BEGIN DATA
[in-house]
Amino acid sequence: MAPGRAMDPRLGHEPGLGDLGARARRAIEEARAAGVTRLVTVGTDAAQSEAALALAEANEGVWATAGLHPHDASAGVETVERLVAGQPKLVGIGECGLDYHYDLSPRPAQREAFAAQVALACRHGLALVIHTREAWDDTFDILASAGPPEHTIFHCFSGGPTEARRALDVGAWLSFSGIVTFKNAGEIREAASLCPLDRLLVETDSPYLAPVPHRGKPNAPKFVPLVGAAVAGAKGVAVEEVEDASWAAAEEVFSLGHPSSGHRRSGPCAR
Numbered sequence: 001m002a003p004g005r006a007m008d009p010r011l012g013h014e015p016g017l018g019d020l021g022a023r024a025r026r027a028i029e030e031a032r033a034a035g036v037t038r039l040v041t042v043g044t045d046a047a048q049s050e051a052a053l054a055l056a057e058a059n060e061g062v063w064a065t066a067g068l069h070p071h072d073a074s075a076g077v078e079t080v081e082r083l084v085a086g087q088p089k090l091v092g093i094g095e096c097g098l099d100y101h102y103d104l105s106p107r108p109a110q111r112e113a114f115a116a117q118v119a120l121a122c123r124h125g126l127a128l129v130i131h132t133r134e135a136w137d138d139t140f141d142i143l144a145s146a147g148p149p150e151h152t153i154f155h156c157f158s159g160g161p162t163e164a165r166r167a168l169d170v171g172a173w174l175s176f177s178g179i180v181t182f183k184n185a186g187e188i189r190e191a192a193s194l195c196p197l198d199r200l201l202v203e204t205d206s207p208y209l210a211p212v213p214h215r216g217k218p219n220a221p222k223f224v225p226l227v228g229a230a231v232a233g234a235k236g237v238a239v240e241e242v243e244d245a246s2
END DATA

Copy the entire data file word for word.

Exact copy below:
[in-house]
Amino acid sequence: MAPGRAMDPRLGHEPGLGDLGARARRAIEEARAAGVTRLVTVGTDAAQSEAALALAEANEGVWATAGLHPHDASAGVETVERLVAGQPKLVGIGECGLDYHYDLSPRPAQREAFAAQVALACRHGLALVIHTREAWDDTFDILASAGPPEHTIFHCFSGGPTEARRALDVGAWLSFSGIVTFKNAGEIREAASLCPLDRLLVETDSPYLAPVPHRGKPNAPKFVPLVGAAVAGAKGVAVEEVEDASWAAAEEVFSLGHPSSGHRRSGPCAR
Numbered sequence: 001m002a003p004g005r006a007m008d009p010r011l012g013h014e015p016g017l018g019d020l021g022a023r024a025r026r027a028i029e030e031a032r033a034a035g036v037t038r039l040v041t042v043g044t045d046a047a048q049s050e051a052a053l054a055l056a057e058a059n060e061g062v063w064a065t066a067g068l069h070p071h072d073a074s075a076g077v078e079t080v081e082r083l084v085a086g087q088p089k090l091v092g093i094g095e096c097g098l099d100y101h102y103d104l105s106p107r108p109a110q111r112e113a114f115a116a117q118v119a120l121a122c123r124h125g126l127a128l129v130i131h132t133r134e135a136w137d138d139t140f141d142i143l144a145s146a147g148p149p150e151h152t153i154f155h156c157f158s159g160g161p162t163e164a165r166r167a168l169d170v171g172a173w174l175s176f177s178g179i180v181t182f183k184n185a186g187e188i189r190e191a192a193s194l195c196p197l198d199r200l201l202v203e204t205d206s207p208y209l210a211p212v213p214h215r216g217k218p219n220a221p222k223f224v225p226l227v228g229a230a231v232a233g234a235k236g237v238a239v240e241e242v243e244d245a246s2